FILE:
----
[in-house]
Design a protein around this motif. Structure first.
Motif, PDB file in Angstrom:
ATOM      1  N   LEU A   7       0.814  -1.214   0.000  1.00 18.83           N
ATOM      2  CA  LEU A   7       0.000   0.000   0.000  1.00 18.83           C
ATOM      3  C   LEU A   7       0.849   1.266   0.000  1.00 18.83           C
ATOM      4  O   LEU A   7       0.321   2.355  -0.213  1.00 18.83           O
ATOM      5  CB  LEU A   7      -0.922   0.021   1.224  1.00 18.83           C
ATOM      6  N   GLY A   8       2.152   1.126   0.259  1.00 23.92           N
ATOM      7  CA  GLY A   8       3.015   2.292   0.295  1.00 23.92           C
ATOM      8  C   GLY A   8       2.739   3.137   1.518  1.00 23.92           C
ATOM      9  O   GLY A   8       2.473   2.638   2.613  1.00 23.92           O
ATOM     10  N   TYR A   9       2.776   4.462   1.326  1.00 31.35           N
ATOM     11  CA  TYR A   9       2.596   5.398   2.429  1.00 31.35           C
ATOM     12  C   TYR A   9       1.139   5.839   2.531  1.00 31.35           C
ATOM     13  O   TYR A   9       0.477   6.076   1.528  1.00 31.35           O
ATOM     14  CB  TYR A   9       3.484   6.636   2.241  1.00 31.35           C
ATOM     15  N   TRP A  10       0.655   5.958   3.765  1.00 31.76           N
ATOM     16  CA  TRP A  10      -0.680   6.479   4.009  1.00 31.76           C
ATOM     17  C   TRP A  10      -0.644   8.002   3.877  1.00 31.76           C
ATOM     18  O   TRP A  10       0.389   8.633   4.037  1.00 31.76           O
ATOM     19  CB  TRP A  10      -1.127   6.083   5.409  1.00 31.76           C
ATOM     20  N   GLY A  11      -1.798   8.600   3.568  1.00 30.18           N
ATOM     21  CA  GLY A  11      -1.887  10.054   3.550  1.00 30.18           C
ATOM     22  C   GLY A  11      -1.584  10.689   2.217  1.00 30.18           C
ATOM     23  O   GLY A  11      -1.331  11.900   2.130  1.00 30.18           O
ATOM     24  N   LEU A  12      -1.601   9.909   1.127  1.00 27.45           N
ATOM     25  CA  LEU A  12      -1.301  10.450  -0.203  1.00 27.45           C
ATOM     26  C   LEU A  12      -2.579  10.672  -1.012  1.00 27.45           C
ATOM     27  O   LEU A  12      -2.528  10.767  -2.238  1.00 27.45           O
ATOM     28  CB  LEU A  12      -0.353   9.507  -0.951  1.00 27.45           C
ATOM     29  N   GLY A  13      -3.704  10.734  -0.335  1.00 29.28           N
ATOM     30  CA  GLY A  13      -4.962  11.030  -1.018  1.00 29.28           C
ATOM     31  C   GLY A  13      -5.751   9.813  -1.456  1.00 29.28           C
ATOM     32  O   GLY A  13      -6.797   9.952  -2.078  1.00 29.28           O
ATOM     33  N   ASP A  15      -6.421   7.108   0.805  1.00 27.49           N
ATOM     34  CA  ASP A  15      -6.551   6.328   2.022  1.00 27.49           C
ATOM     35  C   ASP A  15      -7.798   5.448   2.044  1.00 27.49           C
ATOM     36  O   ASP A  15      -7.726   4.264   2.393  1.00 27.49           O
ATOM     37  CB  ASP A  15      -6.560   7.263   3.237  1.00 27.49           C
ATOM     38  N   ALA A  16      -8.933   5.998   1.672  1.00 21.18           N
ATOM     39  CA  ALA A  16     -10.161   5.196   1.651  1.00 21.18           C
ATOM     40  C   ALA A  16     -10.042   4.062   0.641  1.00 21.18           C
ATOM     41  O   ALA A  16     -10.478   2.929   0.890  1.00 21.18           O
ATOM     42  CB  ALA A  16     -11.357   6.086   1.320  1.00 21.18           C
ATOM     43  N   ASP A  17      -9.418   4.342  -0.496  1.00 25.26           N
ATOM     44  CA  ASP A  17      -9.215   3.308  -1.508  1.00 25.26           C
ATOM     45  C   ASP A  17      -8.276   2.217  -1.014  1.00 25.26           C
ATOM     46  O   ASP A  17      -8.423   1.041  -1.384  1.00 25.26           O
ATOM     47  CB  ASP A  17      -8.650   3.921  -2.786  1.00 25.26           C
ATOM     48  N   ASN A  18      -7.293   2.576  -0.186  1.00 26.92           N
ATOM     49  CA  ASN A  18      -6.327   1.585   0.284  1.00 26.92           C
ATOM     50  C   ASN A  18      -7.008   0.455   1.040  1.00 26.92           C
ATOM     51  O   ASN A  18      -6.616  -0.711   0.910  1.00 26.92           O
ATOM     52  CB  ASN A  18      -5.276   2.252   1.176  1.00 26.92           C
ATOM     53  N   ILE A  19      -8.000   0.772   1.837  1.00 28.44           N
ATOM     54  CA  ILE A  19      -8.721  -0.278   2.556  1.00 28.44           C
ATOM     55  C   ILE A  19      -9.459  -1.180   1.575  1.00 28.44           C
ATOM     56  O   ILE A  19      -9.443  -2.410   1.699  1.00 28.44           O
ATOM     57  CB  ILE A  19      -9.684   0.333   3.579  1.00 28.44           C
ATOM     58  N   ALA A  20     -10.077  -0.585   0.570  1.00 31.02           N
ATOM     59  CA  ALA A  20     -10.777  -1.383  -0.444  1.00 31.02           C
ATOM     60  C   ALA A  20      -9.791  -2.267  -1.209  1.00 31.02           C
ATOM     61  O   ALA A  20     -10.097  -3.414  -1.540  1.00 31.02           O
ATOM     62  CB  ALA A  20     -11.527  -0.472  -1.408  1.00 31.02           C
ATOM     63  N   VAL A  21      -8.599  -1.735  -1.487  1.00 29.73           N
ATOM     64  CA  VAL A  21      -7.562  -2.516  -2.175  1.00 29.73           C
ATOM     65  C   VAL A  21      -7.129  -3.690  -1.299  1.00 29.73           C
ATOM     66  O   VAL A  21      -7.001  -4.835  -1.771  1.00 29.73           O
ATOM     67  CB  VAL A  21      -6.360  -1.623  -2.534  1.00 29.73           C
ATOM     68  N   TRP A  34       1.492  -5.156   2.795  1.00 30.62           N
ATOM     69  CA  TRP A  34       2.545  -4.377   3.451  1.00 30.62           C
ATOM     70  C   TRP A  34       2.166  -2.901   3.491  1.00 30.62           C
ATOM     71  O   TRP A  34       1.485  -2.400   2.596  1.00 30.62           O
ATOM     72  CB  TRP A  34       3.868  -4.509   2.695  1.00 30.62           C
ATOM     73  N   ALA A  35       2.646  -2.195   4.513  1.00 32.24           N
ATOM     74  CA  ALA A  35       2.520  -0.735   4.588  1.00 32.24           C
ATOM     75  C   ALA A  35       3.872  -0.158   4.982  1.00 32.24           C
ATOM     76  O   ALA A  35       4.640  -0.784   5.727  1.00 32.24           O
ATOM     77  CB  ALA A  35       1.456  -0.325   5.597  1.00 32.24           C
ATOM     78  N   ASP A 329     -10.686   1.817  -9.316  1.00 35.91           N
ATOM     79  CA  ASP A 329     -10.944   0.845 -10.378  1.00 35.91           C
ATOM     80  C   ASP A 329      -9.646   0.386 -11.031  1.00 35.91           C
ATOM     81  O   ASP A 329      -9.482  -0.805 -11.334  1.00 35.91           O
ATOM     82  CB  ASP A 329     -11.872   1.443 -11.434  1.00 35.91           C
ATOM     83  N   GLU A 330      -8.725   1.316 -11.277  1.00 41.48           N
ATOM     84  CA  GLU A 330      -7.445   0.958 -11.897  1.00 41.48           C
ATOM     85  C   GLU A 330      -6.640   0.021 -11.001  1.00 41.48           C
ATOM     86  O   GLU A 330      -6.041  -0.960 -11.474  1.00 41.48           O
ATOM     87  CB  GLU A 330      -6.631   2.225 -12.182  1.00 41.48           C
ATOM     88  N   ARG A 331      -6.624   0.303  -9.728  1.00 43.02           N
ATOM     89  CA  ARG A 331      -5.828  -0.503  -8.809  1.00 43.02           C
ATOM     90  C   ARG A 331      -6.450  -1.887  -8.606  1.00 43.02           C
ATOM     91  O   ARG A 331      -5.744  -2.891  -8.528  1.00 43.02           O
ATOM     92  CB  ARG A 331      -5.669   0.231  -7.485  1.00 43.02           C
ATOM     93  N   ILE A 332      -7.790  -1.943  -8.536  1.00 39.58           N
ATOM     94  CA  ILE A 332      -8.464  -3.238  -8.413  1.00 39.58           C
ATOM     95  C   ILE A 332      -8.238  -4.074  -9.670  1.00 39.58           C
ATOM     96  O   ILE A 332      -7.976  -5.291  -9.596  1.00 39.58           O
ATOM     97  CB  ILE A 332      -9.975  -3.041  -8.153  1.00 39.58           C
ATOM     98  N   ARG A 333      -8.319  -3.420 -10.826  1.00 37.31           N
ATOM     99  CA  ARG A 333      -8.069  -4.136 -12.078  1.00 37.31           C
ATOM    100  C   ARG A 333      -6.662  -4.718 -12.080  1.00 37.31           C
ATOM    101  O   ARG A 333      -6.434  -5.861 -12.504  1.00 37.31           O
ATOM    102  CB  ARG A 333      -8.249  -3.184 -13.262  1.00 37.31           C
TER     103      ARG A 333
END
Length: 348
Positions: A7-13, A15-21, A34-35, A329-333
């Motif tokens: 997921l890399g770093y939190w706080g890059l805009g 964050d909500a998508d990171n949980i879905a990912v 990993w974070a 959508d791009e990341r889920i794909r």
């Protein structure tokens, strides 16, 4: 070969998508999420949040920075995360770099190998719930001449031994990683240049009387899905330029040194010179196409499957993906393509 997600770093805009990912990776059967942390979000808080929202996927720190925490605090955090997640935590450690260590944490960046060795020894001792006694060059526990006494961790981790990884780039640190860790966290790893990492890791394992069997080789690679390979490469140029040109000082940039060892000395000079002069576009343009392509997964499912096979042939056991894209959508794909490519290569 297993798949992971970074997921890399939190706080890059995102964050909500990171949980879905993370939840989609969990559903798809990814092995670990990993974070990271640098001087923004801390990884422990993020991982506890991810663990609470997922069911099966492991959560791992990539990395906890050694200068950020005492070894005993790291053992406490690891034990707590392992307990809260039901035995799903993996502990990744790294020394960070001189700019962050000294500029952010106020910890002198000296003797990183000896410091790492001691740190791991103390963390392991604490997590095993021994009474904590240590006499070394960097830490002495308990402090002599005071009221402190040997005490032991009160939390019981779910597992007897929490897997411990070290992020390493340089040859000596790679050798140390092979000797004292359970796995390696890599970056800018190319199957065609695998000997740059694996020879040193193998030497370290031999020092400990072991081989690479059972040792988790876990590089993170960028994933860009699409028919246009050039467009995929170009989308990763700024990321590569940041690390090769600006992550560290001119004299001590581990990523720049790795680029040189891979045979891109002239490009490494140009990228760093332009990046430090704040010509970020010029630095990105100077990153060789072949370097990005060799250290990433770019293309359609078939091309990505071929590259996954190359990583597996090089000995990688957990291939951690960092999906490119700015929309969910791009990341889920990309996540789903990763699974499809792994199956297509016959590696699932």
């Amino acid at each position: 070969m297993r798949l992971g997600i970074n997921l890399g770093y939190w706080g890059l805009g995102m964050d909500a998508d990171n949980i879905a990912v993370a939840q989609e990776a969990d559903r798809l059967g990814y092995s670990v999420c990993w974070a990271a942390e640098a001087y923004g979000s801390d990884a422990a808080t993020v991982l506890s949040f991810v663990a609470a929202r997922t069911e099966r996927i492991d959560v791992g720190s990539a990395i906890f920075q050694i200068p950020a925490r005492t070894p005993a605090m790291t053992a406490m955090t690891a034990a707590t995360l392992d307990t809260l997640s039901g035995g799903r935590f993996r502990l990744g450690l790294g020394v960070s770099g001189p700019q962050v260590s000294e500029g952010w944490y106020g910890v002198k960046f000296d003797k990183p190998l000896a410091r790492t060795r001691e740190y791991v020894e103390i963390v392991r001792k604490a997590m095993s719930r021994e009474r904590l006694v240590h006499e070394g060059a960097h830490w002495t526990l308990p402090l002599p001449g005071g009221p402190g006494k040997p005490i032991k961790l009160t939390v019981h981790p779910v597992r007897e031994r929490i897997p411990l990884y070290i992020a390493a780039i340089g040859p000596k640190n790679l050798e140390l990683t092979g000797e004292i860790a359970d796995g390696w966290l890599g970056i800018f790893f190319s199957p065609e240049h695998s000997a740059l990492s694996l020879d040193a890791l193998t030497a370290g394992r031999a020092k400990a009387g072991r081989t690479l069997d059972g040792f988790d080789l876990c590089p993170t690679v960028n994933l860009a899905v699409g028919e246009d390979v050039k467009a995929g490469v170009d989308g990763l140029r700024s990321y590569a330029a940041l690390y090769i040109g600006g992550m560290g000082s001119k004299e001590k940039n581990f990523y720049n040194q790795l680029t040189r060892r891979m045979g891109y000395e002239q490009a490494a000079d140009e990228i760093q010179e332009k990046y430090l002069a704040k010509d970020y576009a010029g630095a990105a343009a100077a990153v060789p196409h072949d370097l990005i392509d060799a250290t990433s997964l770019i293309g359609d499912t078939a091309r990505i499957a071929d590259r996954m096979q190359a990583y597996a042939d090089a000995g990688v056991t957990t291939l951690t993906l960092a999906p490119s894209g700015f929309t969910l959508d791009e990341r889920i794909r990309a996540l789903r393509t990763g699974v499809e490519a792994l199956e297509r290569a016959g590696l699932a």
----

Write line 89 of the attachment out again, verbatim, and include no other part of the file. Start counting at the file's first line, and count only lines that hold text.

ATOM     86  O   GLU A 330      -6.041  -0.960 -11.474  1.00 41.48           O